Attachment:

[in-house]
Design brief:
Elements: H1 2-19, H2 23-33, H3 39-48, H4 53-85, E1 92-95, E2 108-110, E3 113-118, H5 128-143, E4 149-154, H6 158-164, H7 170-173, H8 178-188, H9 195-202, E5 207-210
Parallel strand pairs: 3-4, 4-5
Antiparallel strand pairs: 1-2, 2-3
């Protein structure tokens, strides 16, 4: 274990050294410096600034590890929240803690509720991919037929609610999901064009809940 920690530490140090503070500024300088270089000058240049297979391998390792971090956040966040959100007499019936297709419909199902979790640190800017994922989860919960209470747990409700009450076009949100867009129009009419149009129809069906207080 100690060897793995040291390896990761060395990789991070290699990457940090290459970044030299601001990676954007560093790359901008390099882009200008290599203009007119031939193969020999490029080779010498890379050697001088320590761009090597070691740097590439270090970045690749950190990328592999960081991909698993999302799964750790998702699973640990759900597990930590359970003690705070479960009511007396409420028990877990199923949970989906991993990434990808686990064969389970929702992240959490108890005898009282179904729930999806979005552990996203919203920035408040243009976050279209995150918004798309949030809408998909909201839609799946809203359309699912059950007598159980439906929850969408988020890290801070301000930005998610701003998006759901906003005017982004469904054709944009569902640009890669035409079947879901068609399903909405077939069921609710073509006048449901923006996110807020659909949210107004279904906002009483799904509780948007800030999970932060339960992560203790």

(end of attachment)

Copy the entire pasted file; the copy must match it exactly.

[in-house]
Design brief:
Elements: H1 2-19, H2 23-33, H3 39-48, H4 53-85, E1 92-95, E2 108-110, E3 113-118, H5 128-143, E4 149-154, H6 158-164, H7 170-173, H8 178-188, H9 195-202, E5 207-210
Parallel strand pairs: 3-4, 4-5
Antiparallel strand pairs: 1-2, 2-3
């Protein structure tokens, strides 16, 4: 274990050294410096600034590890929240803690509720991919037929609610999901064009809940 920690530490140090503070500024300088270089000058240049297979391998390792971090956040966040959100007499019936297709419909199902979790640190800017994922989860919960209470747990409700009450076009949100867009129009009419149009129809069906207080 100690060897793995040291390896990761060395990789991070290699990457940090290459970044030299601001990676954007560093790359901008390099882009200008290599203009007119031939193969020999490029080779010498890379050697001088320590761009090597070691740097590439270090970045690749950190990328592999960081991909698993999302799964750790998702699973640990759900597990930590359970003690705070479960009511007396409420028990877990199923949970989906991993990434990808686990064969389970929702992240959490108890005898009282179904729930999806979005552990996203919203920035408040243009976050279209995150918004798309949030809408998909909201839609799946809203359309699912059950007598159980439906929850969408988020890290801070301000930005998610701003998006759901906003005017982004469904054709944009569902640009890669035409079947879901068609399903909405077939069921609710073509006048449901923006996110807020659909949210107004279904906002009483799904509780948007800030999970932060339960992560203790």